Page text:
Inkscape bridge extensions for ImageJ/R/PyMOL/Processing

Dear all,
With Martin Owens, we’ve created Inkscape extensions that can request figure panels from ImageJ, R or Processing code that are supposed to help with making figure content more flexible and reproducible. I’ve put some slides here:

See this thread for a few examples:

Detailed installation procedure is described here.


Success reports on different systems:
OsX: 10.11.6; 10.15; 10.17 (Inkscape1.1-dev, Inkscape1.1rc, Inkscape 1.1)
Ubuntu 20.04 (Inkscape 1.2-dev, Inkscape 1.1)
Windows7 (Inkscape 1.1)


For those who’re looking for how to use the extensions, and for the source code: the repository is mentioned on the first slide (but doesn’t seem clickable on the f1000research embedded viewer).

Here’s the quick link:


Thanks @imagejan for the link.
Here is the installation details:


Configuring the ImageJ link, this is what my setup info shows

This is how it looks on Windows

Configuring the R link, this is what my setup info shows

And this is what my Processing setup info looks like

Hello @jerome.

This is very nice.

Since I can also create R plots with ImageJ images in Inkscape by changing the R plot device i would see a benefit in also transferring the R (or IJ macro) code directly to Inkscape to make a reproducible self running Inkscape instance with your plugin (just like rmarkdown).

Is there an API (command line args at Inkscape startup) available to transfer the code to your panels?

Thanks Marcel,
Yes Bio7 already has such a good IJ/R integration!

The panel code is just part of the description node of the object so the easiest I could think of woul be to copy valid svg in the clip board in bio7 and paste it in inkscape.

Then the code is simply wrapped into a template and passed to RScript, see:

Inkscape also has a command line interface that definitely makes it possible to modify an existing svg document, but, to my limited knowledge, not modify the currently open document.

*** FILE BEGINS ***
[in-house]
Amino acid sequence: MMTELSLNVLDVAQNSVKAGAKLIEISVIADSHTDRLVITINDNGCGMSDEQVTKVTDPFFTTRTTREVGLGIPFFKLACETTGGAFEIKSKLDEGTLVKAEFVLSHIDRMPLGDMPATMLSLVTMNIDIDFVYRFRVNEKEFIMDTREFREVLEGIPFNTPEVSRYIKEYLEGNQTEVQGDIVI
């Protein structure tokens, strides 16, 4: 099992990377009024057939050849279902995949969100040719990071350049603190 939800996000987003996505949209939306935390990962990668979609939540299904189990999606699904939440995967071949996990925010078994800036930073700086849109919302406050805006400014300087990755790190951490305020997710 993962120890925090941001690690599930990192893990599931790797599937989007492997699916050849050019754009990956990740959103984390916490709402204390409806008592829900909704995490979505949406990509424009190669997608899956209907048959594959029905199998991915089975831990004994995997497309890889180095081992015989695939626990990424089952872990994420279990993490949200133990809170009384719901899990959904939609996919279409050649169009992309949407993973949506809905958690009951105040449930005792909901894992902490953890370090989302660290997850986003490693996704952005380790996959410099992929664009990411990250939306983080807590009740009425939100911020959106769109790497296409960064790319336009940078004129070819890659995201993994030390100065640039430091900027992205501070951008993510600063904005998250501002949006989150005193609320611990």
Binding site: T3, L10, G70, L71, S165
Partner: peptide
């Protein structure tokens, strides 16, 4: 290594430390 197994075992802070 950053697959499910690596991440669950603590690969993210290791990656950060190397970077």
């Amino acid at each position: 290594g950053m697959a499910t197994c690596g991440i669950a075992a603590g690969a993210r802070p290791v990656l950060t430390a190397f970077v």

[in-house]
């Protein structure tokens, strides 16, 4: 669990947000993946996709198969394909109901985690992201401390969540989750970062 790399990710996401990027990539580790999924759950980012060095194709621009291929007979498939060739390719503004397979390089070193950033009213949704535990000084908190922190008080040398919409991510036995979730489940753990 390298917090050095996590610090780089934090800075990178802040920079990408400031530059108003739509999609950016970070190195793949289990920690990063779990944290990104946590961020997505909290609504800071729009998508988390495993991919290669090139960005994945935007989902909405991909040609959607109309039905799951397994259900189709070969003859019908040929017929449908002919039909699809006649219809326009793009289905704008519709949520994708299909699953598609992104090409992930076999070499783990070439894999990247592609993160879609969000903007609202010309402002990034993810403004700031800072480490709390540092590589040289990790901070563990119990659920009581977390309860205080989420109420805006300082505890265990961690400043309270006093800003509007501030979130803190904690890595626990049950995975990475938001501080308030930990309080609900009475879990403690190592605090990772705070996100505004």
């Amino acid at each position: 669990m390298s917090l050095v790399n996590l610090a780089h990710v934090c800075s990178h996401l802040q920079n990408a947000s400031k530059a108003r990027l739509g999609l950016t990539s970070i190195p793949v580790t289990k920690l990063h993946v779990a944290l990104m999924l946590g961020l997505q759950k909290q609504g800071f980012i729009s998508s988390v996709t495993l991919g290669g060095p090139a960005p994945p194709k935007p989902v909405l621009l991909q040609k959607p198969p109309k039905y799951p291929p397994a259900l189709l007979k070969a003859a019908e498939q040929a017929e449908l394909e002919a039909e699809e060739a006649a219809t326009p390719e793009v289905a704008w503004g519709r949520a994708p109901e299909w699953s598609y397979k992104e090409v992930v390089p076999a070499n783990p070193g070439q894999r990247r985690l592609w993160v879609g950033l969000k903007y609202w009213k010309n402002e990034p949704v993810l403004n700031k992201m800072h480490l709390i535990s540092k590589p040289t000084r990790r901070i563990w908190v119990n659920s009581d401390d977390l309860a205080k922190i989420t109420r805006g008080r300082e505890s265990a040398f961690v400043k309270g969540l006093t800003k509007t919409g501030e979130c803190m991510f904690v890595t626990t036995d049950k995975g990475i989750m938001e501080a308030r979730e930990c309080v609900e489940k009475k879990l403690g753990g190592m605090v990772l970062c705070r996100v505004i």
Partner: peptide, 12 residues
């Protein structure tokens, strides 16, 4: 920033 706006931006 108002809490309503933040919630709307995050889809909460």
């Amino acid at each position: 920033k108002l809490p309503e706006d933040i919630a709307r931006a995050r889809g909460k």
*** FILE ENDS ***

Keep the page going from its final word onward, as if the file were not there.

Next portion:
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Thanks for the explanation @jerome

I think this becomes easier than I thought in R by simply saving an *.svg template with the R code as description:

And thanks to the new Raw String literals in Java 15 to write *svg in Java.


Hello @jerome,

this is my first Bio7 script attempt for your plugin. A simple Groovy script which writes the XML with the Object description (the R code from the current opened Bio7 R editor).

In addition it writes the current R workspace to the *svg file location (for images as vector or matrices) and adds the load statement as the first line:

Export script for R code to *.svg!
import org.eclipse.jface.text.IDocument;
import org.eclipse.jface.text.IRegion;
import org.eclipse.swt.widgets.MessageBox;
import org.eclipse.swt.widgets.Shell;
import org.eclipse.ui.IEditorPart;
import org.eclipse.ui.IWorkbenchWindow;
import org.eclipse.ui.texteditor.IDocumentProvider;
import org.eclipse.ui.texteditor.ITextEditor;
import org.eclipse.ui.PlatformUI;
import org.eclipse.swt.widgets.Display;

Display display = Util.getDisplay();
display.asyncExec(new Runnable() {
	public void run() {
		IEditorPart editor = PlatformUI.getWorkbench().getActiveWorkbenchWindow().getActivePage().getActiveEditor();
		if (editor instanceof REditor) {
			String path = Bio7Dialog.saveFile("*.svg");
			String pathRData = path.replace(".svg", ".RData").replace("\\", "/");
			if (RServe.isAlive()) {
				RServeUtil.evalR("save(file=\"" + pathRData + "\")", null);
				System.out.println("Rserve not running. R workspace not saved!");
			IDocumentProvider dp = editor.getDocumentProvider();
			IDocument doc = dp.getDocument(editor.getEditorInput());
			String rCode = doc.get();
			String svgTemplate = svgString(pathRData, rCode);
			if (path != null) {
				File fil = new File(path);
				FileWriter fileWriter = null;
				try {
					fileWriter = new FileWriter(fil);
					BufferedWriter buffWriter = new BufferedWriter(fileWriter);
					buffWriter.write(svgTemplate, 0, svgTemplate.length());
				} catch (IOException ex) {

				} finally {
					try {
					} catch (IOException ex) {

		} else {
			Bio7Dialog.message("Please open a R file!");



public String svgString(pathRData, rCode){
String svgTemplate = """
<?xml version="1.0" encoding="UTF-8" standalone="no"?>
<svg width="210mm" height="297mm" viewBox="0 0 210 297"